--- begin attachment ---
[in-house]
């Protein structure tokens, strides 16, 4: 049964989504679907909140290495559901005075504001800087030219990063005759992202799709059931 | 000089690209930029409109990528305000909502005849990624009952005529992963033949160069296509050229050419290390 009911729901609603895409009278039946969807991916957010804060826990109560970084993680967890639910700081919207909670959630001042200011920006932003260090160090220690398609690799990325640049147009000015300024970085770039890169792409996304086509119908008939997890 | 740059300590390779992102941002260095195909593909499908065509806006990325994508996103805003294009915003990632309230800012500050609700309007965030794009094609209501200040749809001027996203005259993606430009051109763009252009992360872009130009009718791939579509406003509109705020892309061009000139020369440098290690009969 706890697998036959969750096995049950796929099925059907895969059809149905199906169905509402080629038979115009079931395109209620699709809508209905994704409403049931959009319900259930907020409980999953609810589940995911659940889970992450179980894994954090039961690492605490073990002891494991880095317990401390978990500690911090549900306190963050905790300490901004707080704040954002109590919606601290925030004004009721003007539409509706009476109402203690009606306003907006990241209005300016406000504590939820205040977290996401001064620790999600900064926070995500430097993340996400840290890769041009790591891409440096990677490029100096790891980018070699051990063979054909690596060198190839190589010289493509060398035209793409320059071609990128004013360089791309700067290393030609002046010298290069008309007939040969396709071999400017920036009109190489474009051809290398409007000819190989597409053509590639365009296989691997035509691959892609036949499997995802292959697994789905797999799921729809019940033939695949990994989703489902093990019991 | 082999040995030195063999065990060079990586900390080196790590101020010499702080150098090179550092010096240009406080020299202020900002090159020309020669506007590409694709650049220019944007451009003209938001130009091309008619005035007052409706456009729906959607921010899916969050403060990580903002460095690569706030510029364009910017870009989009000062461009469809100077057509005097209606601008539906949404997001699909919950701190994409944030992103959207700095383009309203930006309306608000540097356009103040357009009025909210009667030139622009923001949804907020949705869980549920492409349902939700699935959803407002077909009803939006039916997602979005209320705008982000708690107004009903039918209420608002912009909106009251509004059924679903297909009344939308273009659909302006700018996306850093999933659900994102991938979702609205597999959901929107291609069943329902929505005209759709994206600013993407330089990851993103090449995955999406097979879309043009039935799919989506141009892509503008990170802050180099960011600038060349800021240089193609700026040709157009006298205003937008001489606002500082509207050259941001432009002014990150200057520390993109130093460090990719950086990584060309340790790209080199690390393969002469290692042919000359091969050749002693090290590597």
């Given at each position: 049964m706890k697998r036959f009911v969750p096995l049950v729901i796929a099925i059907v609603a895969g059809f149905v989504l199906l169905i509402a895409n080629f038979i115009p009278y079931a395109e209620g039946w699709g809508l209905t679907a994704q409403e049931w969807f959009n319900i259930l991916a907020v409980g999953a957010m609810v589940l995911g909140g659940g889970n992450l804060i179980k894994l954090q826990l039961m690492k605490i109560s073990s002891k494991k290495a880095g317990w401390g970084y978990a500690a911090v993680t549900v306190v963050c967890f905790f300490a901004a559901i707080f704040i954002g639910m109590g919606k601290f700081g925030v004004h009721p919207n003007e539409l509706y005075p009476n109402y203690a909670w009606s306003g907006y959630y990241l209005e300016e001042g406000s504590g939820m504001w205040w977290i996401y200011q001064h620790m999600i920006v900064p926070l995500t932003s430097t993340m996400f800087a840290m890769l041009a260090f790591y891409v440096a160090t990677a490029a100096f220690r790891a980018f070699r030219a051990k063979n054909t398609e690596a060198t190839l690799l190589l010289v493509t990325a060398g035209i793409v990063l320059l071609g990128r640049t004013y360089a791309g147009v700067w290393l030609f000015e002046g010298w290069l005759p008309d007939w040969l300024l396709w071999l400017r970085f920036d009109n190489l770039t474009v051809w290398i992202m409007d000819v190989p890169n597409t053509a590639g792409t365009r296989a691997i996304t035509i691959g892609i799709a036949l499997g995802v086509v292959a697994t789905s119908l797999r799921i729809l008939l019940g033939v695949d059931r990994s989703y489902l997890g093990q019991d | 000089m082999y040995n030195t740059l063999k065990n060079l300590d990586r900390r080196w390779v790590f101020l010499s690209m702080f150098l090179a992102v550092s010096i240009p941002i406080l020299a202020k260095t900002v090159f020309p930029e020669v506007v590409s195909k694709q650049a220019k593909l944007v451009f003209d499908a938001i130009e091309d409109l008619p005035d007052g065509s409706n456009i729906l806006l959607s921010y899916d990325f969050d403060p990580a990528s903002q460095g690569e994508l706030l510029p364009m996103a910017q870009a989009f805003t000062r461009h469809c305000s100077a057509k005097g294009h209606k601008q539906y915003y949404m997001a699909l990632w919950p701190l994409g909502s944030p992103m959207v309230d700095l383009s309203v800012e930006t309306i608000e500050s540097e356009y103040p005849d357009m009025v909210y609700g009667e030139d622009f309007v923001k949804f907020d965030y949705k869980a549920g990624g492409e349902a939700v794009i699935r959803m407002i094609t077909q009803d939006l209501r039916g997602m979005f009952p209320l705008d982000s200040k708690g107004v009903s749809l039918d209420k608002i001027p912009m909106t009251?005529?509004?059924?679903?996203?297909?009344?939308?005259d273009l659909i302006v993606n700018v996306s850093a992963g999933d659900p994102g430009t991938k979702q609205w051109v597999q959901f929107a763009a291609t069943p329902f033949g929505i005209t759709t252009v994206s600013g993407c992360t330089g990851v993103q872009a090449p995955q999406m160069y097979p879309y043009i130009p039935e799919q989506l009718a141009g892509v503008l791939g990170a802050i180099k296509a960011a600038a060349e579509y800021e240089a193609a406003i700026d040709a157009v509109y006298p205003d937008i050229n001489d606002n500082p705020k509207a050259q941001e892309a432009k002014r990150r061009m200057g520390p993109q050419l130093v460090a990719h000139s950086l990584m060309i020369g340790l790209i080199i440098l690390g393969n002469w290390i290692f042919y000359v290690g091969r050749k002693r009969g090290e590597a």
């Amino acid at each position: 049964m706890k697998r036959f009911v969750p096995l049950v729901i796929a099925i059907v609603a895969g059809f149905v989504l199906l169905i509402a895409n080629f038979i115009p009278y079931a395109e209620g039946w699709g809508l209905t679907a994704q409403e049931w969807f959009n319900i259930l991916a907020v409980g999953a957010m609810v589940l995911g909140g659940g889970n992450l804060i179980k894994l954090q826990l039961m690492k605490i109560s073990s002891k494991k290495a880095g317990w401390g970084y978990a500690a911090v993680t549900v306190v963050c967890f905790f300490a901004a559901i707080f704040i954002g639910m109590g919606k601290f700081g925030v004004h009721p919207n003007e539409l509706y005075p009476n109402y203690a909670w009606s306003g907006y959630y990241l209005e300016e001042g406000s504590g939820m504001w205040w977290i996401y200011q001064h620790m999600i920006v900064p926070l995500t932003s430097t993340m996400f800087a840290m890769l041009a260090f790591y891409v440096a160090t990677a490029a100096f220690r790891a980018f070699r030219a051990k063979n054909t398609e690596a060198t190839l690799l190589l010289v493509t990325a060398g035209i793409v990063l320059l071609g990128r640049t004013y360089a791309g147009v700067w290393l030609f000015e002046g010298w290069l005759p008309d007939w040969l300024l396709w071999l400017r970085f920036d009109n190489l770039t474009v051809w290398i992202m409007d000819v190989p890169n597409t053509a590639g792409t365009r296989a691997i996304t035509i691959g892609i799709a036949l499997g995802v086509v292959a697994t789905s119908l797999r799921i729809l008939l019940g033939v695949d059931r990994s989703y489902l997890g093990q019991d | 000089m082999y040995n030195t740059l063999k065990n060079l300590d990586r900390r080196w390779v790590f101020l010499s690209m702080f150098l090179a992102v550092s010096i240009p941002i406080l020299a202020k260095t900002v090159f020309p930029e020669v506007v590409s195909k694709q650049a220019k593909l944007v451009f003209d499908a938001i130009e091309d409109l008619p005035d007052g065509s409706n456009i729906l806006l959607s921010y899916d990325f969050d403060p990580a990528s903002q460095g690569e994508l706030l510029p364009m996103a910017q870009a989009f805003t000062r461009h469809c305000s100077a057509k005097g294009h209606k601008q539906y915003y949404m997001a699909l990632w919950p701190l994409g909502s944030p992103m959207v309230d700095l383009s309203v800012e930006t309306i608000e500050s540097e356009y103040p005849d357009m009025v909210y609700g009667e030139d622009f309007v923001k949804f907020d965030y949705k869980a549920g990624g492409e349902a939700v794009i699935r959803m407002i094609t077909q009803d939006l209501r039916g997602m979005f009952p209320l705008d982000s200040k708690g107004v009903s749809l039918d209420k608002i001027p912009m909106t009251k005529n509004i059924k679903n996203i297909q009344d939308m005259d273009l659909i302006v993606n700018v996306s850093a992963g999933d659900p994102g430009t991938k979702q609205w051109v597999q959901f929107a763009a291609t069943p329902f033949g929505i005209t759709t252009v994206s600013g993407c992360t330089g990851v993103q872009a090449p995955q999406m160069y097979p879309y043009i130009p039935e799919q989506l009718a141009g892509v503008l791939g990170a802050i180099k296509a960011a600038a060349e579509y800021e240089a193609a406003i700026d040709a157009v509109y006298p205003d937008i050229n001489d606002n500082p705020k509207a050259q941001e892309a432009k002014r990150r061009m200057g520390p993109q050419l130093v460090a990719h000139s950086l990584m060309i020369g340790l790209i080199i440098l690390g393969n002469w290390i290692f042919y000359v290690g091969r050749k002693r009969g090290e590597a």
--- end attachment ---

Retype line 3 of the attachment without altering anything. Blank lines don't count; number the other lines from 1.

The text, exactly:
């Given at each position: 049964m706890k697998r036959f009911v969750p096995l049950v729901i796929a099925i059907v609603a895969g059809f149905v989504l199906l169905i509402a895409n080629f038979i115009p009278y079931a395109e209620g039946w699709g809508l209905t679907a994704q409403e049931w969807f959009n319900i259930l991916a907020v409980g999953a957010m609810v589940l995911g909140g659940g889970n992450l804060i179980k894994l954090q826990l039961m690492k605490i109560s073990s002891k494991k290495a880095g317990w401390g970084y978990a500690a911090v993680t549900v306190v963050c967890f905790f300490a901004a559901i707080f704040i954002g639910m109590g919606k601290f700081g925030v004004h009721p919207n003007e539409l509706y005075p009476n109402y203690a909670w009606s306003g907006y959630y990241l209005e300016e001042g406000s504590g939820m504001w205040w977290i996401y200011q001064h620790m999600i920006v900064p926070l995500t932003s430097t993340m996400f800087a840290m890769l041009a260090f790591y891409v440096a160090t990677a490029a100096f220690r790891a980018f070699r030219a051990k063979n054909t398609e690596a060198t190839l690799l190589l010289v493509t990325a060398g035209i793409v990063l320059l071609g990128r640049t004013y360089a791309g147009v700067w290393l030609f000015e002046g010298w290069l005759p008309d007939w040969l300024l396709w071999l400017r970085f920036d009109n190489l770039t474009v051809w290398i992202m409007d000819v190989p890169n597409t053509a590639g792409t365009r296989a691997i996304t035509i691959g892609i799709a036949l499997g995802v086509v292959a697994t789905s119908l797999r799921i729809l008939l019940g033939v695949d059931r990994s989703y489902l997890g093990q019991d | 000089m082999y040995n030195t740059l063999k065990n060079l300590d990586r900390r080196w390779v790590f101020l010499s690209m702080f150098l090179a992102v550092s010096i240009p941002i406080l020299a202020k260095t900002v090159f020309p930029e020669v506007v590409s195909k694709q650049a220019k593909l944007v451009f003209d499908a938001i130009e091309d409109l008619p005035d007052g065509s409706n456009i729906l806006l959607s921010y899916d990325f969050d403060p990580a990528s903002q460095g690569e994508l706030l510029p364009m996103a910017q870009a989009f805003t000062r461009h469809c305000s100077a057509k005097g294009h209606k601008q539906y915003y949404m997001a699909l990632w919950p701190l994409g909502s944030p992103m959207v309230d700095l383009s309203v800012e930006t309306i608000e500050s540097e356009y103040p005849d357009m009025v909210y609700g009667e030139d622009f309007v923001k949804f907020d965030y949705k869980a549920g990624g492409e349902a939700v794009i699935r959803m407002i094609t077909q009803d939006l209501r039916g997602m979005f009952p209320l705008d982000s200040k708690g107004v009903s749809l039918d209420k608002i001027p912009m909106t009251?005529?509004?059924?679903?996203?297909?009344?939308?005259d273009l659909i302006v993606n700018v996306s850093a992963g999933d659900p994102g430009t991938k979702q609205w051109v597999q959901f929107a763009a291609t069943p329902f033949g929505i005209t759709t252009v994206s600013g993407c992360t330089g990851v993103q872009a090449p995955q999406m160069y097979p879309y043009i130009p039935e799919q989506l009718a141009g892509v503008l791939g990170a802050i180099k296509a960011a600038a060349e579509y800021e240089a193609a406003i700026d040709a157009v509109y006298p205003d937008i050229n001489d606002n500082p705020k509207a050259q941001e892309a432009k002014r990150r061009m200057g520390p993109q050419l130093v460090a990719h000139s950086l990584m060309i020369g340790l790209i080199i440098l690390g393969n002469w290390i290692f042919y000359v290690g091969r050749k002693r009969g090290e590597a």